The U.S. healthcare industry is facing a number of critical and transformational questions: How do we maintain and increase profit margins in the face of declining reimbursements?; How do we keep pace with new regulatory compliance requirements and new risks? The answers inevitably create new questions, and big challenges, for internal audit functions in healthcare organizations, which must ensure that new structures, processes, partners, data and IT systems are harmonious with organizational risk appetites. Not surprisingly, a 2014 survey conducted by North Carolina State University’s Enterprise Risk Management (ERM) Initiative and Protiviti concludes that healthcare organizations perceive themselves to be facing the greatest amount of risk relative to all other industries.
Protiviti and Internal Healthcare Auditing Professionals (AHIA) conduct their Internal Audit Capabilities and Needs Survey annually to assess current skill levels of internal audit executives and professionals, identify areas in need of improvement and help stimulate the sharing of leading practices throughout the profession. This year, survey respondents answered close to 150 questions in the study’s three standard categories: General Technical Knowledge, Audit Process Knowledge, and Personal Skills and Capabilities.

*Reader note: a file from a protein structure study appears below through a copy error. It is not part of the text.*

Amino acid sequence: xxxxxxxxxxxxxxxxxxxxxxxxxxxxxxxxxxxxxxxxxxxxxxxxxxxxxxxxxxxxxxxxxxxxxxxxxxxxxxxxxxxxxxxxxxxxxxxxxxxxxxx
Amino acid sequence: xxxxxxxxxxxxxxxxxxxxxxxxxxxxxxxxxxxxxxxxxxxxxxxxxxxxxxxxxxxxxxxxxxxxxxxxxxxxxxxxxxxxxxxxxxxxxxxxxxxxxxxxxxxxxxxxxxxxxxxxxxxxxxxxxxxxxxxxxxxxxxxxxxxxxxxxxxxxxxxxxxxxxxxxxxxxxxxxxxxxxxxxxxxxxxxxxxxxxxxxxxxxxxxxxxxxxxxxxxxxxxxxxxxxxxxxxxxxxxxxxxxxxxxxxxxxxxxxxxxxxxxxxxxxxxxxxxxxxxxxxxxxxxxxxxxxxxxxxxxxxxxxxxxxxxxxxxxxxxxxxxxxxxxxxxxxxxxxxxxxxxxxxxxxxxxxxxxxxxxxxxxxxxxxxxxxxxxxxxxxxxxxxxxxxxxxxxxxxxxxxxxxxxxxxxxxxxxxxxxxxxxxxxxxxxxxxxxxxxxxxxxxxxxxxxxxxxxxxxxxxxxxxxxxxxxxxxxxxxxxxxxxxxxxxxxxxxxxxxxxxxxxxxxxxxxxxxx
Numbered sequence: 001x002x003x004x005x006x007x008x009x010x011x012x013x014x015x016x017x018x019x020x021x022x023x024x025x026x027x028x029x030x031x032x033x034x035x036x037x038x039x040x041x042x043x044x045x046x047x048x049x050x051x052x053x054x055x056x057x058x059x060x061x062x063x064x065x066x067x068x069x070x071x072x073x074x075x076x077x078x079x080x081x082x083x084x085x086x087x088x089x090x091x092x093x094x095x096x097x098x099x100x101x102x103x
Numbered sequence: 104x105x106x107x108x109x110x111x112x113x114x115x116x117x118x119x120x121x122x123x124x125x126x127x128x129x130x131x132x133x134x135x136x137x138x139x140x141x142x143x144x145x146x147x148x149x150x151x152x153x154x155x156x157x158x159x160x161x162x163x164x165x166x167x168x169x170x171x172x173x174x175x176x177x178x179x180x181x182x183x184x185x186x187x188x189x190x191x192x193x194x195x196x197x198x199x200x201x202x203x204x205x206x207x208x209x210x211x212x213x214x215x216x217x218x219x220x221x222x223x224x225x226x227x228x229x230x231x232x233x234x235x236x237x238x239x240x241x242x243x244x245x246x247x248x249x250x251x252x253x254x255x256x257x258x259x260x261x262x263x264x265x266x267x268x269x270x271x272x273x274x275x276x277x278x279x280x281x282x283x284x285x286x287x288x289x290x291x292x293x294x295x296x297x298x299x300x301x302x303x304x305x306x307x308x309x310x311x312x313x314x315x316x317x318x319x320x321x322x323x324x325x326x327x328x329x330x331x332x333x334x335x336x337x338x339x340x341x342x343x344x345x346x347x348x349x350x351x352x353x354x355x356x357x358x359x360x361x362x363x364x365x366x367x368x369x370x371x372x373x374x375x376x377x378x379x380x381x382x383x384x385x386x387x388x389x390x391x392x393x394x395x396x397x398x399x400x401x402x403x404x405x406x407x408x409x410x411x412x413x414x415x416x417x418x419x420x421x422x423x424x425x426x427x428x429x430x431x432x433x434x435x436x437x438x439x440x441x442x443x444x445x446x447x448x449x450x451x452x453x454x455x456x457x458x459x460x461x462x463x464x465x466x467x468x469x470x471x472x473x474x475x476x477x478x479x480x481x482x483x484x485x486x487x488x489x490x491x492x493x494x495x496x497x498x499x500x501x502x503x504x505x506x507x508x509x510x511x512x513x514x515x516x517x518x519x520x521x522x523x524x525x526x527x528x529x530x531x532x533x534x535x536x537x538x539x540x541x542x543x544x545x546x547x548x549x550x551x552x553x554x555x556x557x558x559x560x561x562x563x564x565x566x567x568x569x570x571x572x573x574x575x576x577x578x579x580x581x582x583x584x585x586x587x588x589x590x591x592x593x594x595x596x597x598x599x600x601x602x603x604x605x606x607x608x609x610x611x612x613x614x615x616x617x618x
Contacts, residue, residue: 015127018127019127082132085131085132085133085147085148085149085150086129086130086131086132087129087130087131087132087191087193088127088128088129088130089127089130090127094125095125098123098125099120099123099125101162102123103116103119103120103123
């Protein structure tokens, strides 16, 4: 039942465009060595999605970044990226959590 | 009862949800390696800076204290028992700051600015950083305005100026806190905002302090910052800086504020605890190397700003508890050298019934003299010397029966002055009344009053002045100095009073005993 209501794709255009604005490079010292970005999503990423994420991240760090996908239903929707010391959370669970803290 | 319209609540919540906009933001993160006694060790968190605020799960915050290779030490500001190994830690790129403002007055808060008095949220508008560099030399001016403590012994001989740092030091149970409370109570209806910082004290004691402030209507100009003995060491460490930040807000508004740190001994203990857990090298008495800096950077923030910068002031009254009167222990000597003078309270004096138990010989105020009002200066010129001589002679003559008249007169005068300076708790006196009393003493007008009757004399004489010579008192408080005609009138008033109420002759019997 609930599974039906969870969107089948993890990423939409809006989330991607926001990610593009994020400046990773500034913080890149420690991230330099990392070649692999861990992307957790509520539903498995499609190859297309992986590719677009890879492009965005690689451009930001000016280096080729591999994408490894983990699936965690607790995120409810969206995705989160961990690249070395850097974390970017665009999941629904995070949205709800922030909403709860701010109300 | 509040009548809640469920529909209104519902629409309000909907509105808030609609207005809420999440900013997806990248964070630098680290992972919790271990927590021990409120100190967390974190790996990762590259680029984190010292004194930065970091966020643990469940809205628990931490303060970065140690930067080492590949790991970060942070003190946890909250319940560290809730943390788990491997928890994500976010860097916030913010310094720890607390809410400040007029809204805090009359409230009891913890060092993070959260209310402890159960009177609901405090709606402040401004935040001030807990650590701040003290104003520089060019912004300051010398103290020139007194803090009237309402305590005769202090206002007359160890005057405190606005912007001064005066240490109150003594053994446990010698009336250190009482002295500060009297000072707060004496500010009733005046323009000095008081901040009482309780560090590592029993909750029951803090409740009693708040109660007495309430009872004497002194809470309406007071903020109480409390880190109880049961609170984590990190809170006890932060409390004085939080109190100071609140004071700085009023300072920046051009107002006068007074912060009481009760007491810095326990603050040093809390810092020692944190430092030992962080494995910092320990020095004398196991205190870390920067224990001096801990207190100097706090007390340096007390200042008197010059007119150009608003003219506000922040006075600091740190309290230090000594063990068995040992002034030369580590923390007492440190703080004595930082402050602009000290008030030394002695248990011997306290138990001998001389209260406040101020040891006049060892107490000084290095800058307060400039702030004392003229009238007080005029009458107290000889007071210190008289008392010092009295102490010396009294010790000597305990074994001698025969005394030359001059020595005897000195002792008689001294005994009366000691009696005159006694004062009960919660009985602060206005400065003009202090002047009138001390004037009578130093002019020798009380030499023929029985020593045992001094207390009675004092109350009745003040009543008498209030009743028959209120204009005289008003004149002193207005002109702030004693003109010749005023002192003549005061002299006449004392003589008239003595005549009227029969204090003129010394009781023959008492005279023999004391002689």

In this report, we will detail the results of the 2014 Internal Audit Capabilities and Needs Survey to present a portrait of a healthcare internal audit function that is intent on delivering assurance across multiple risk realms while simultaneously enhancing the efficiency and quality of heavy workloads. The survey findings indicate that healthcare internal audit functions are concentrating their attention and resources in four key areas of priority, which are discussed further in this report: Mastering regulatory risk and cost containment; Strengthening information security and risk management; Introducing more auditing automation and greater effectiveness; Partnering and persuading.